There are several different types of hearing loss, depending on which part of the auditory has been impaired. The hearing loss may be sensorineural, conductive, mixed, functional or central. The initial step in creating a treatment plan is to correctly diagnose the kind of hearing loss.
Conductive hearing loss
In situations where sound waves aren’t adequately conducted to the interior of the ear through the parts of the outer and middle ear, conductive hearing loss arises. Conductive hearing loss is rather common and can be caused by a buildup of ear wax, an accumulation of moisture in the eustacian tube, which prevents the eardrum from moving, a middle ear infection, a perforated eardrum, disease of the bones of the middle ear and other blockages in the ear canal.
The majority of cases of this type of hearing loss are reversible, assuming there is no permanent damage to the regions of the middle ear, and with treatment the issue usually clears up fairly quickly. For some patients surgery can help to correct the problem or a hearing aid may be recommended.
Sensorineural hearing loss
This type of hearing loss accounts for more than 90 percent of the instances in which a hearing aid is used. It is due to damage in the interior of the ear or to the acoustic nerve, which keeps sound signals from reaching the brain. Also known as nerve deafness or retrocochlear hearing loss, the damage is generally speaking permanent, though breakthroughs in technology have enabled some previously untreatable cases to be improved.
The most common reasons behind sensorineural hearing loss are the aging process, extended exposure to noise, problems with blood circulation to the inner ear, fluid disturbance in the inner ear, medications that cause damage to the ear, a small number of diseases, genetics and issues with the auditory nerve.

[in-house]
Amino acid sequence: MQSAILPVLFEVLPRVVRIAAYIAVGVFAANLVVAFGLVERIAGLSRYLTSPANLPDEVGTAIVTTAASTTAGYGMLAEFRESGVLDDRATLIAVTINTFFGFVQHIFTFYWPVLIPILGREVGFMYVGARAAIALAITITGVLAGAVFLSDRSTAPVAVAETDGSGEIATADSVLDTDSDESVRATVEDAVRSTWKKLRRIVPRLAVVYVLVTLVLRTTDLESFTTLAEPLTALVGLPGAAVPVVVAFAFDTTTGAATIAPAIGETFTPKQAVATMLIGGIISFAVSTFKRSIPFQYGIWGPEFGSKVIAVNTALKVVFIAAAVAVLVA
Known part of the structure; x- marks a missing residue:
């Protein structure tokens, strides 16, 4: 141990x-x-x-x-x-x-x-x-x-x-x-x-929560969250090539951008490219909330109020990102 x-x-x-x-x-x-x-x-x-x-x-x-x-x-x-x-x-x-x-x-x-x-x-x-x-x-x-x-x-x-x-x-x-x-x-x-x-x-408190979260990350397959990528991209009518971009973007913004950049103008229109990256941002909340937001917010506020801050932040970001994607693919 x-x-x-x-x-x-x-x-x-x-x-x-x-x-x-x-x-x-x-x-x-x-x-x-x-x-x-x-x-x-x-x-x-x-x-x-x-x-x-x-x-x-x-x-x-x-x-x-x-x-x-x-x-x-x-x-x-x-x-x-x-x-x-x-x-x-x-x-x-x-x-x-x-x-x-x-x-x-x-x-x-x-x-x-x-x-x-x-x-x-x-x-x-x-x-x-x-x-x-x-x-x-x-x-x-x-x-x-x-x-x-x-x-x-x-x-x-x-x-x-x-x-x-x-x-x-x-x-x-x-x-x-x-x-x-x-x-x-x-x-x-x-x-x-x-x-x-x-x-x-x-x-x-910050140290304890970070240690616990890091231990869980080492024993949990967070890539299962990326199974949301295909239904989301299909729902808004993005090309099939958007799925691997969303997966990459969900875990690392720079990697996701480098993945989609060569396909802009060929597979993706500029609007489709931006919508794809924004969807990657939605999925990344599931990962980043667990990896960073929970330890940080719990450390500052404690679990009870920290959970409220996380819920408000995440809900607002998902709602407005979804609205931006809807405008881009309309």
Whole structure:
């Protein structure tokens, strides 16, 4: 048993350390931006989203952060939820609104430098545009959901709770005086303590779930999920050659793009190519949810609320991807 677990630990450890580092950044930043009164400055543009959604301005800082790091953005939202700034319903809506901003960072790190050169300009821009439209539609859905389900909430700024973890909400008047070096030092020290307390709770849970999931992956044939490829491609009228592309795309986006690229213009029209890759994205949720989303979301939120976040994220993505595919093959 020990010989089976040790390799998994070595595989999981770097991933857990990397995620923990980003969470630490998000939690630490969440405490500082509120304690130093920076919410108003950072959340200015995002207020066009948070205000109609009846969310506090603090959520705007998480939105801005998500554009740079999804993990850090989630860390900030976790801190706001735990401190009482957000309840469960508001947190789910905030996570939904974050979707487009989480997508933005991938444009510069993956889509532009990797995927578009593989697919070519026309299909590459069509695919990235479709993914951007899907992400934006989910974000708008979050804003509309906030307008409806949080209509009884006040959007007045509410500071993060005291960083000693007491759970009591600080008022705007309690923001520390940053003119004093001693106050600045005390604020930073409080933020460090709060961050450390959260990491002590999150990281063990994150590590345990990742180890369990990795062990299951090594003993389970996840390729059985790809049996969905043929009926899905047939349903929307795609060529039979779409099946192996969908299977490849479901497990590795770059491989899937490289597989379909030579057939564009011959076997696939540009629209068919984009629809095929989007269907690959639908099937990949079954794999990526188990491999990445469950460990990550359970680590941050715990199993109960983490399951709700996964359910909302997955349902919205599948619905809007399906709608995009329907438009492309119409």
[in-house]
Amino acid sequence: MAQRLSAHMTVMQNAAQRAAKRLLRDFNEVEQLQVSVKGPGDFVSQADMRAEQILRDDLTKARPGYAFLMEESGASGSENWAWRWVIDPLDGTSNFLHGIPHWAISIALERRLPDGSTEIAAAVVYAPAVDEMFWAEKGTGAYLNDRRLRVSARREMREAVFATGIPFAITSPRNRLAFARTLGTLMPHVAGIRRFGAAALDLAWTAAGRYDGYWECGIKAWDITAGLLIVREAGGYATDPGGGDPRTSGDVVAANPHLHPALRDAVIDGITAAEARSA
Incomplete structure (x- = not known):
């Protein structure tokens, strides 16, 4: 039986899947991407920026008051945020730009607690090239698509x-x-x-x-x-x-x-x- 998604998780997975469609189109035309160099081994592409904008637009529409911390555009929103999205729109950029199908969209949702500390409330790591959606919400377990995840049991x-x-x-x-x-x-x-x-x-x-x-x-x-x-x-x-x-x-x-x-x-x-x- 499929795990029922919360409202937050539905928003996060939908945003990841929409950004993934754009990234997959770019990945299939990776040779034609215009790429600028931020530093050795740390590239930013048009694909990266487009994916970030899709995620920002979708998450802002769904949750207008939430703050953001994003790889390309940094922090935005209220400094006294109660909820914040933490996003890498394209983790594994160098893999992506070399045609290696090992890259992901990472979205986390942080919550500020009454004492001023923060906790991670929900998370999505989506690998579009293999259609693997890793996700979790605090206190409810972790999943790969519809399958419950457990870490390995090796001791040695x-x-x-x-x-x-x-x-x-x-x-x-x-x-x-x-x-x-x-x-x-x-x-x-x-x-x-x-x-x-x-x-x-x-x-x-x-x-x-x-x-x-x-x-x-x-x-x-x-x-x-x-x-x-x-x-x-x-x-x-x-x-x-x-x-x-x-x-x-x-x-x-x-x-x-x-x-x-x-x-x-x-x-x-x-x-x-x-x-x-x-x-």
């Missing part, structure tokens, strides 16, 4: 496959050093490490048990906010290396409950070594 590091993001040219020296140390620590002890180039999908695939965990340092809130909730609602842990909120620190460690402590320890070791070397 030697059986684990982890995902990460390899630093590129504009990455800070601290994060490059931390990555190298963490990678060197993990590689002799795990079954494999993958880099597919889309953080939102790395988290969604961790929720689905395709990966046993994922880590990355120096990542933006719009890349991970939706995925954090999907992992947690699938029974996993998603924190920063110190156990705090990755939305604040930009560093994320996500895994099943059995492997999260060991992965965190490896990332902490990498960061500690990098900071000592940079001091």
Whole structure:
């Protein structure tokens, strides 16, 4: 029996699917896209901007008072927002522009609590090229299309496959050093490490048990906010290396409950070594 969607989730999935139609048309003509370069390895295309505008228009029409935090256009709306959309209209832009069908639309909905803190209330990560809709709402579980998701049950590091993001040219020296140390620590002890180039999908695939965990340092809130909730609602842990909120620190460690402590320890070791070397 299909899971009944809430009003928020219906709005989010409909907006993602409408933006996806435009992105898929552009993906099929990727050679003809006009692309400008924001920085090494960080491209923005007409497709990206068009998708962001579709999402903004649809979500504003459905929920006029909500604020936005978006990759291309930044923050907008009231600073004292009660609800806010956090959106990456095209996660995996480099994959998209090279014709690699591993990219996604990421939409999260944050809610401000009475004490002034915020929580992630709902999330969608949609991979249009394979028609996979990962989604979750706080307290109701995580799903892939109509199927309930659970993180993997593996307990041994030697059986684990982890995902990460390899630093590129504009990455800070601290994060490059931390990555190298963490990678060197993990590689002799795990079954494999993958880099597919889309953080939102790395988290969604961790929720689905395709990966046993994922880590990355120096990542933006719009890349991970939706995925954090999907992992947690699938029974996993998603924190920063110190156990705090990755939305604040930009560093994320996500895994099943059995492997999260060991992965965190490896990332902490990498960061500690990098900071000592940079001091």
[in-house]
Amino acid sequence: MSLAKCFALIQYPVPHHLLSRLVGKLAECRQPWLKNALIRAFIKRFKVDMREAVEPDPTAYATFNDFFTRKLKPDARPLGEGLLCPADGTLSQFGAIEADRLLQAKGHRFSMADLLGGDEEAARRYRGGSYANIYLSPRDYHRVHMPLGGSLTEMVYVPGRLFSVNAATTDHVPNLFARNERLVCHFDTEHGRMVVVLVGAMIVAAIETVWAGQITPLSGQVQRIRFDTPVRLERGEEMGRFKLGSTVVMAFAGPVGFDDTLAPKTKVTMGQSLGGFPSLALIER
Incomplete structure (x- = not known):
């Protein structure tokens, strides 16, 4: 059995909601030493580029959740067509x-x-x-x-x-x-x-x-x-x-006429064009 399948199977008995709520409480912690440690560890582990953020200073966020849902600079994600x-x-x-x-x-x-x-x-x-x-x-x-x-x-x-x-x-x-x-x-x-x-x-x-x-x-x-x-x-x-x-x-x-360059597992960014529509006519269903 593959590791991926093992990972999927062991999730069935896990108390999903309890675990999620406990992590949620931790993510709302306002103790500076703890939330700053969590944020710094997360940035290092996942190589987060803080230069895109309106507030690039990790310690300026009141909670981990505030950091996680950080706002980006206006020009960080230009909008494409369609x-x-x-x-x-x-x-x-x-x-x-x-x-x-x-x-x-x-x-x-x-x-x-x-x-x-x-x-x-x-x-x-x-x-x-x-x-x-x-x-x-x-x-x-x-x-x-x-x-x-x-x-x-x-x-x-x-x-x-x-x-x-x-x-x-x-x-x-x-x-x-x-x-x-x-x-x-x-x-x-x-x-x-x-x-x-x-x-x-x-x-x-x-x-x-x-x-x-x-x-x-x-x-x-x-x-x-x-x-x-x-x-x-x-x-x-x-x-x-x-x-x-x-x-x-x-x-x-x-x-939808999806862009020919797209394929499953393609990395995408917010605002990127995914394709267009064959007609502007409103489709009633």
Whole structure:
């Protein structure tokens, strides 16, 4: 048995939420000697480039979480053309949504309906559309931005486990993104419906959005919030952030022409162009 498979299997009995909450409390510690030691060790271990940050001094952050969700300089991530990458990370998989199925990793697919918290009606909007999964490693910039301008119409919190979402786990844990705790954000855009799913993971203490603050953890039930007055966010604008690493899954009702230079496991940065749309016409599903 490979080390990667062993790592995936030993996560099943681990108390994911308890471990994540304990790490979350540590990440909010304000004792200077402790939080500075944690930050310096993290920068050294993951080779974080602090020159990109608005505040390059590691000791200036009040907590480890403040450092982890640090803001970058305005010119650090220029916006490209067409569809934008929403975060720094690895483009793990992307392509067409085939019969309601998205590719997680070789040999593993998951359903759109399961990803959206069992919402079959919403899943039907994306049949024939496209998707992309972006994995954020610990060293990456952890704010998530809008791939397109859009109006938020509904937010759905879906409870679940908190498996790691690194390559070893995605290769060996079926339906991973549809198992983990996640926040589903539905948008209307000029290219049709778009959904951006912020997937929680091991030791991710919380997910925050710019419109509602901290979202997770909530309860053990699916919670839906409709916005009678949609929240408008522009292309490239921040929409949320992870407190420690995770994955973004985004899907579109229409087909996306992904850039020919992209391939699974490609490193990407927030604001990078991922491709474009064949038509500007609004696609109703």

Hearing aids are adequate for most people who have this sort of hearing loss, but in more severe cases, a cochlear implant can help bring back hearing to those individuals for whom a standard hearing aid is not enough.
Functional hearing loss
A rare situation, this type of hearing loss is not physical. This condition is due to an emotional or psychological condition in which the person’s physical ability to hear is found to be normal, but they are not able to hear.
Mixed hearing loss
As suggested by the term, mixed hearing loss is a combination of multiple types of hearing loss – conductive and sensorineural hearing loss. Though there are a few other kinds of hearing loss, the combination of these two is most common.
Central hearing loss
Central hearing loss arises when a problem in the central nervous system prevents sound signals from being processed by the brain. The person affected can seemingly hear perfectly well, but cannot decode or interpret what is being said. Many cases involve a problem with the individual’s ability to properly filter rival sounds. For example, most of us can hold a conversation while there is traffic noise in the background, but individuals with this problem have a difficult time doing so.